Owen, the head pro at Dunwoody CC, had a wild back nine and almost handed the Player of the Year award to Weinhart, who never got anything going the final day. Both players finished at 2-over 146.
After carding a 74 in the opening round that included a stretch in which he was 5-over for six holes, Owen was 1-over after 11 holes in the second round and in danger of falling behind Weinhart, who was two groups behind him. With birdies at 12 and 13 and an eagle at the par-5 14th, Owen moved well in front of Weinhart, but bogeyed the 16th and double-bogeyed the par-5 17th to finish with a 72.
This is the third time Owen has qualified for nationals and is his first Player of the Year award. He finished first in points thanks to three runner-up finishes, earning first place points in the Rivermont Championship (where he finished behind a non-Class A PGA member) and Atlanta Open (second to an amateur), along with a loss in the finals of the Match Play Championship. He was also a close T6 in the Section Championship.
Weinhart likely lost shot at a 10th Player of the Year honor in the first round, standing 3-under after 11 holes before making back-to-back double bogeys at holes 12 and 13 and finishing with a 73. He made just one birdie in the final round and shot another 73, parring 14 of his last 15 holes with a bogey at the par-4 10th.
This will be Weinhart’s 18th appearance at nationals over the last 19 years. Weinhart, the Director of Instruction at Hertage Golf Links, finished fewer than 40 points behind Owen and would have been Player of the Year had he finished ahead of him. Like Claxton, Weinhart was already in the field for next year’s PGA Professional Championship thanks to his recent victory in the Georgia PGA Championship at Sea Island GC.
Stevens, an instructor at Brookstone CC, has a comparable record at qualifying for nationals as Weinhart over the past two decades. He missed out twice in the previous three years, but will return in 2018. He was 2-under after 15 holes in the final round, but bogeys at 16 and 18 left him with a 72 and a tie for fourth.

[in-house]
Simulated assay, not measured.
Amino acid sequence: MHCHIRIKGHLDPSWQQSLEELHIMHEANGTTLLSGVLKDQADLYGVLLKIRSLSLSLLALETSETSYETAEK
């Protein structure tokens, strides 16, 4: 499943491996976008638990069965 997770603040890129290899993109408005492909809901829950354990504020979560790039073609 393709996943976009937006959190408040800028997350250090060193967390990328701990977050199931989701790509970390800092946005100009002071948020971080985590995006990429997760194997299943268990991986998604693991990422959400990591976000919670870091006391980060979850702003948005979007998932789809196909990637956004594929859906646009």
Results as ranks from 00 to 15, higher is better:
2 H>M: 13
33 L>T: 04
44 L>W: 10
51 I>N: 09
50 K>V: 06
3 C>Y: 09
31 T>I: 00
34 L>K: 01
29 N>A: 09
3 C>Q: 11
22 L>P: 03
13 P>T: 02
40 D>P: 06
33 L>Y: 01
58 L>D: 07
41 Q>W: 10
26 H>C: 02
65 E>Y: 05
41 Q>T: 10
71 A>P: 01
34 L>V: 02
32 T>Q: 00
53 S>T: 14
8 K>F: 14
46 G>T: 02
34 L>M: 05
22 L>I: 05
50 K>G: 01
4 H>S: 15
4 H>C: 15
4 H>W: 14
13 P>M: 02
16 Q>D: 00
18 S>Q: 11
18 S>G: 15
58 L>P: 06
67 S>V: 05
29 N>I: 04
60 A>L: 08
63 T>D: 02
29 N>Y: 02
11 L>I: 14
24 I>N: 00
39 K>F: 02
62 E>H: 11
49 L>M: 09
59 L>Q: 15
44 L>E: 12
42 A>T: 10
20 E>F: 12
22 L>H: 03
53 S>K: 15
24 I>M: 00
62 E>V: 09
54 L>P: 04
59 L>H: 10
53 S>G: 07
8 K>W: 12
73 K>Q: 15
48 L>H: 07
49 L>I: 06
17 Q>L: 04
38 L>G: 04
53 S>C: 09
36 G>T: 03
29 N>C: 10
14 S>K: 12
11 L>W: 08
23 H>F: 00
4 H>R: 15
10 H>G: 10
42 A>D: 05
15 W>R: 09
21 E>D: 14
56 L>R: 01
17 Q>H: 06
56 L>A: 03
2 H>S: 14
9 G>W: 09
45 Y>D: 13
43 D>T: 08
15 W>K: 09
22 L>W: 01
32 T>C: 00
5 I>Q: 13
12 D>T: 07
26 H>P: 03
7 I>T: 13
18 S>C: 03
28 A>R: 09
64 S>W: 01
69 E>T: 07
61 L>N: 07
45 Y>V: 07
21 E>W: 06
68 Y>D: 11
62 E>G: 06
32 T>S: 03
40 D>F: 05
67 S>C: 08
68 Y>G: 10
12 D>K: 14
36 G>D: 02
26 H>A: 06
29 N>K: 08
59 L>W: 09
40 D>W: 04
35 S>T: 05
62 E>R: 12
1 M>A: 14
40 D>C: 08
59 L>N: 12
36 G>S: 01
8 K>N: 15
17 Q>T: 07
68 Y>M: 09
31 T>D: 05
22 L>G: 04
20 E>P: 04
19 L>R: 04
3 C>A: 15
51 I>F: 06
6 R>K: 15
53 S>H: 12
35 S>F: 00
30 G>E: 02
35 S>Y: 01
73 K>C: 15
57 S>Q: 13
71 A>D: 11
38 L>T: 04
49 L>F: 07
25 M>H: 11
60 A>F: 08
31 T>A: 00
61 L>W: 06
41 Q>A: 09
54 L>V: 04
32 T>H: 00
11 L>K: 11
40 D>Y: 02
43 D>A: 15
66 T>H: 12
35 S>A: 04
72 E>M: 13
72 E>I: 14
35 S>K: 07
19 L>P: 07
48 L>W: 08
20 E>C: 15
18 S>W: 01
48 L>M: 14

Also tying for fourth at 146 was Skinner, who has qualified for nationals 11 times in the 12 years in which he was eligible to compete in the event. Skinner, like Claxton a former tour player, was 2-over after 14 holes in the final round before clinching his spot among the qualifiers with birdies at 15 and 17 to shoot 72 on the day.
Both Skinner and Stevens qualified last month for the 2017 Senior PGA Championship with top-35 finishes at the PGA Senior club professional championship. Skinner tied for 26th at 2-over 290 in Scottsdale, Ariz., while Stevens closed with a 70 to tie for 32nd and qualify on the number at 291. James Mason of Dillard shot 292 and missed qualifying by one shot.
Martin, the Director of Golf at Atlanta’s First Tee facility, tied for eighth at Champions Retreat with a score of 147, shooting a final round 73 with his only birdie of the day at the 12th helping get him into a playoff for the final qualifying spot. He will be playing at nationals for the second straight year.
Hassell, the head pro at Cartersville CC, had an up-and-down final round, carding a 75 with four birdies, three on the back nine, where he shot 35 after struggling to a 40 on the front.
Three players tied for 10th at 148 and played off for the second, third and fourth alternate positions. Kevin Gibbs, the head pro at Oak Mountain, will be the second alternate. After shooting 70 the first day with five birdies, he had four birdies in the second round, but also had five bogeys, a double bogey and a costly triple bogey on the short, par 4-15th for a 78.
Todd Ormsby, the head pro at Highland CC in LaGrange, won the Georgia PGA Professional Championship at Champions Retreat in 2013, and led after an opening 69 Monday. But he failed to make a birdie in the second round and shot 79 that included a 41 with a pair of double bogeys on the back nine.
Bill Daggett, a pro at Champions Retreat, had a chance to qualify for nationals on his home course, but a double bogey at the par-5 14th left him with a final round 75, and he was third in the 3-man playoff for alternate spots.
Scores were high in the final round, with the scoring average 78.67. Several players who were among the top 10 after the first round were unable to break 80 the next day and failed to qualify for nationals.
J.P. Griffin of Capital City Club, was one back after an opening 70, and was third with two holes to play before a nightmarish finish. Griffin double-bogeyed the 16th, bogeyed the 17th and took a quintuple-bogey 9 on the 18th for an 80 and a 150 total. A bogey on the last hole would have been enough to qualify for Griffin, who won the Georgia PGA Assistants Championship this summer.
Michael Parrott of Brookfield CC opened with a 71, but got off to a terrible start the next day and shot 80. Mark Anderson of Brunswick CC and Vinnie Paolozzi of Cherokee Town & CC were both in contention after 73s in the first round, but fell back with 84s in the final round.